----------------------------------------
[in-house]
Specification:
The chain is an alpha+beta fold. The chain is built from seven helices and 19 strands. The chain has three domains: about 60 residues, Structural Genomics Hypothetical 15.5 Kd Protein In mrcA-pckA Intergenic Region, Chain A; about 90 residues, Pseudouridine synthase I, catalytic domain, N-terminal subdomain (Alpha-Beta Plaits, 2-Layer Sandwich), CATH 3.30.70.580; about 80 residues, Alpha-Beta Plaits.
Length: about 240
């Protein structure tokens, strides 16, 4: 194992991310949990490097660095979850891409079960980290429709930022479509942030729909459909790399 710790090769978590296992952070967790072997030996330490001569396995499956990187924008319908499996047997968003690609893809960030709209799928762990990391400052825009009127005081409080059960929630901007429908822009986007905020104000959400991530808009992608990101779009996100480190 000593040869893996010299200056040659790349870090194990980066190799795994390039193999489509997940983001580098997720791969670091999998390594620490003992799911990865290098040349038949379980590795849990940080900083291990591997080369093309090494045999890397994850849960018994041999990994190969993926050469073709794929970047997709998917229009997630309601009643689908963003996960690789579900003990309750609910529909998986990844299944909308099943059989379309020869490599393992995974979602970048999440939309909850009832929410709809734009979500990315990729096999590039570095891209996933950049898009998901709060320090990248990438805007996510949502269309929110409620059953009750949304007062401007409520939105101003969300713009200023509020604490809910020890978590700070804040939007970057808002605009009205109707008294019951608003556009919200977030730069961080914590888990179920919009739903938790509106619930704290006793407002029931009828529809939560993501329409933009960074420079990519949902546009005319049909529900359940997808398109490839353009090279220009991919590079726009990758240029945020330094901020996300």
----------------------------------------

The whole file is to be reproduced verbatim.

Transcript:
[in-house]
Specification:
The chain is an alpha+beta fold. The chain is built from seven helices and 19 strands. The chain has three domains: about 60 residues, Structural Genomics Hypothetical 15.5 Kd Protein In mrcA-pckA Intergenic Region, Chain A; about 90 residues, Pseudouridine synthase I, catalytic domain, N-terminal subdomain (Alpha-Beta Plaits, 2-Layer Sandwich), CATH 3.30.70.580; about 80 residues, Alpha-Beta Plaits.
Length: about 240
């Protein structure tokens, strides 16, 4: 194992991310949990490097660095979850891409079960980290429709930022479509942030729909459909790399 710790090769978590296992952070967790072997030996330490001569396995499956990187924008319908499996047997968003690609893809960030709209799928762990990391400052825009009127005081409080059960929630901007429908822009986007905020104000959400991530808009992608990101779009996100480190 000593040869893996010299200056040659790349870090194990980066190799795994390039193999489509997940983001580098997720791969670091999998390594620490003992799911990865290098040349038949379980590795849990940080900083291990591997080369093309090494045999890397994850849960018994041999990994190969993926050469073709794929970047997709998917229009997630309601009643689908963003996960690789579900003990309750609910529909998986990844299944909308099943059989379309020869490599393992995974979602970048999440939309909850009832929410709809734009979500990315990729096999590039570095891209996933950049898009998901709060320090990248990438805007996510949502269309929110409620059953009750949304007062401007409520939105101003969300713009200023509020604490809910020890978590700070804040939007970057808002605009009205109707008294019951608003556009919200977030730069961080914590888990179920919009739903938790509106619930704290006793407002029931009828529809939560993501329409933009960074420079990519949902546009005319049909529900359940997808398109490839353009090279220009991919590079726009990758240029945020330094901020996300």